It should be clear that what Nigeria needs is a capitalist revolution, a capitalism that would develop the forces of production and all the governments have a central role to play in it, contrary to the present mantra of the Nigerian governing elite that government has no business in business.
If that were true, what were the colonialists doing by sponsoring and escorting their pirates like Unilever, Tate and Lyle, Turner and Newall, John Holts, the United African Company, Dunlop, Patterson Zochonis, Barclays Bank, Standard Bank.Â G.B. Ollivant, United Trading Company, K. Chellarams, Esquire, Bhojsons, Societe Commerciale Orientale dâ€™Afrique (CFAO) and even the oil companies of today?
It is even more urgent in Nigeria whose economy is, by the admission of the NEEDS document, characterized a collapsing economy viz â€œâ€¦income inequality is very high; unemployment is threatening social cohesion, security and democracy; and the imminent HIV/AIDS epidemic is a potent time-bomb waiting to explode, with potential dire consequences for productivity in the economy.
The educational system is dysfunctional, as graduates of many institutions cannot meet the needs of the country. Institutions are in decay, strikes and cultism are common and corruption has become so rampant. Youth militarism has now gone beyond the walls of schools to the heart of societyâ€, (p.10).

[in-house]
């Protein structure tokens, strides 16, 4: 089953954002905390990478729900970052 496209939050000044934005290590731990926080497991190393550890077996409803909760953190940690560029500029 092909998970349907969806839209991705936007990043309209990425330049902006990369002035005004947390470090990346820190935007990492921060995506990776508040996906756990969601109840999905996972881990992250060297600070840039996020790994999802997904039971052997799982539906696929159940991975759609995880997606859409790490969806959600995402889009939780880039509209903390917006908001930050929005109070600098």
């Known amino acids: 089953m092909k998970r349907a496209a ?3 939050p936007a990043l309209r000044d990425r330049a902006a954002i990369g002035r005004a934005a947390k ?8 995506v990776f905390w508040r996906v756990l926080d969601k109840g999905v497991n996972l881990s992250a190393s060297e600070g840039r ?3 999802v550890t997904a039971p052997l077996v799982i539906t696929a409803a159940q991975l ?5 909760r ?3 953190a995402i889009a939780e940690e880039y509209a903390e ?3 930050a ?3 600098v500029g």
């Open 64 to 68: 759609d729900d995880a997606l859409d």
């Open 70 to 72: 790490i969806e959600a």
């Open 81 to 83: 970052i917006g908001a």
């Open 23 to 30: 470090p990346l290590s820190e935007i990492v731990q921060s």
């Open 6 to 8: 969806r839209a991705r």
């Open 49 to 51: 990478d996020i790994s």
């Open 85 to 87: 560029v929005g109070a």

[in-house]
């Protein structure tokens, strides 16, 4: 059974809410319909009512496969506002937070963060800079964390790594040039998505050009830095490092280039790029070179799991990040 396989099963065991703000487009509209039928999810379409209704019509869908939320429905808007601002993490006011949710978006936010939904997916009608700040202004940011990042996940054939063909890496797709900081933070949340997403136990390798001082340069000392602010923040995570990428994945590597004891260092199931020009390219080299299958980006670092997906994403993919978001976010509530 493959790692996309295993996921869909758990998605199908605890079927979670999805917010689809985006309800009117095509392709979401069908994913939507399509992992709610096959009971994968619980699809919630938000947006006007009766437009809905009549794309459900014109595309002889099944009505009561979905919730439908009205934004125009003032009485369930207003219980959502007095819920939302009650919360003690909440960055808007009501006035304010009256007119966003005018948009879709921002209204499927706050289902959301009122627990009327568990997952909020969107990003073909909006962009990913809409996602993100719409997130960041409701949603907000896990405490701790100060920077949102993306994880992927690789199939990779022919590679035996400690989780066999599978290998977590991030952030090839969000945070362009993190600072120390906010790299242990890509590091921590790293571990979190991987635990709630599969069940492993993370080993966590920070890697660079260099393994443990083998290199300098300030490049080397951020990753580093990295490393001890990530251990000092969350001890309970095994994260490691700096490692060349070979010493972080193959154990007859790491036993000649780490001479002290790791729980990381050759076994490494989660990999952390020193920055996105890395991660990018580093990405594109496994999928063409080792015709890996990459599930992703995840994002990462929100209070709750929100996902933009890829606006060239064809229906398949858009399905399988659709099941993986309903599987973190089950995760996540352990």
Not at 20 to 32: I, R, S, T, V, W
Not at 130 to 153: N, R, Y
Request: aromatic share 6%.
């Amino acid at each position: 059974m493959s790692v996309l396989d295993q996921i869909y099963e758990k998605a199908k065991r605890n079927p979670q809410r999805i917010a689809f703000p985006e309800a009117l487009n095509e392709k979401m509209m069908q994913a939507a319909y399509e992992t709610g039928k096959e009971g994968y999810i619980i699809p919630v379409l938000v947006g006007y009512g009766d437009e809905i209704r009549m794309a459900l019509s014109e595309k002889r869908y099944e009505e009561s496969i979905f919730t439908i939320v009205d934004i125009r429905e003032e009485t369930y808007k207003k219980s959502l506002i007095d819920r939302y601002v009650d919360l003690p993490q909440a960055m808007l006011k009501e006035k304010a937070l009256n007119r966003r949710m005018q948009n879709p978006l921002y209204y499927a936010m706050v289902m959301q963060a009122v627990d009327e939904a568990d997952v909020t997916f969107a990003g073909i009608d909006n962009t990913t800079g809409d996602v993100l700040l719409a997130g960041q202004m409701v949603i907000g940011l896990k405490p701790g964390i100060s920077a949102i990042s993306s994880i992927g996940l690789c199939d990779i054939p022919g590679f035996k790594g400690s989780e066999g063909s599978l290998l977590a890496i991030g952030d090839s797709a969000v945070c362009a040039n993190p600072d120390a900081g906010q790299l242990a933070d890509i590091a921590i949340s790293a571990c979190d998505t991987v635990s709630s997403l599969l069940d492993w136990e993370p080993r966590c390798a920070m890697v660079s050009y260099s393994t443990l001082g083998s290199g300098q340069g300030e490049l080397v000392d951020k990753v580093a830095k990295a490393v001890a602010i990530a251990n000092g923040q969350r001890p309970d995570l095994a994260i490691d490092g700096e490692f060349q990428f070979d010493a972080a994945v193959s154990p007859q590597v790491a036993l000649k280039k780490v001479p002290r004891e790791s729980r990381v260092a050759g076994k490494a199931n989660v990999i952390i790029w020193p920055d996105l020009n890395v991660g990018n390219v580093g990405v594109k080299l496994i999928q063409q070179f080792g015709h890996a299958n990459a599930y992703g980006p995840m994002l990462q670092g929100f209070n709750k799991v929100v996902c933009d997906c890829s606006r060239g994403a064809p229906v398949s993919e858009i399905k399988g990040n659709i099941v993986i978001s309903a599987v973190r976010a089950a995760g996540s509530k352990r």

Therefore, without claiming easy victory though, the programme of State Grant to Low Income Entrepreneurs gives a lot of hope towards the capitalist revolution in Jigawa. For, though the deep crisis of capitalism is pushing the system to offer concessions to the peasants, agrarian proletariat, urban poor, market women, lumpens, workers, shop keepers and middle class professionals all over the world, the concessions are still far from anything fundamental.
Seen in this light, there is something to write home about in a Nigerian governor bringing the people to insert themselves into the development equation by saying publicly what they think and want, in an arrangement chaired by the governor himself and in which no civil servants or aides are summarizing the testimonies for the governor.
And, on the basis of the testimonies, popular policies are being fashioned and implemented with unparalleled swiftness. All these give hope even as the world is still watching and waiting as to whether this would produce the capitalist revolution, that being what Jigawa and, in fact, Nigeria itself needs.
*Onoja is of Govt. House, Dutse.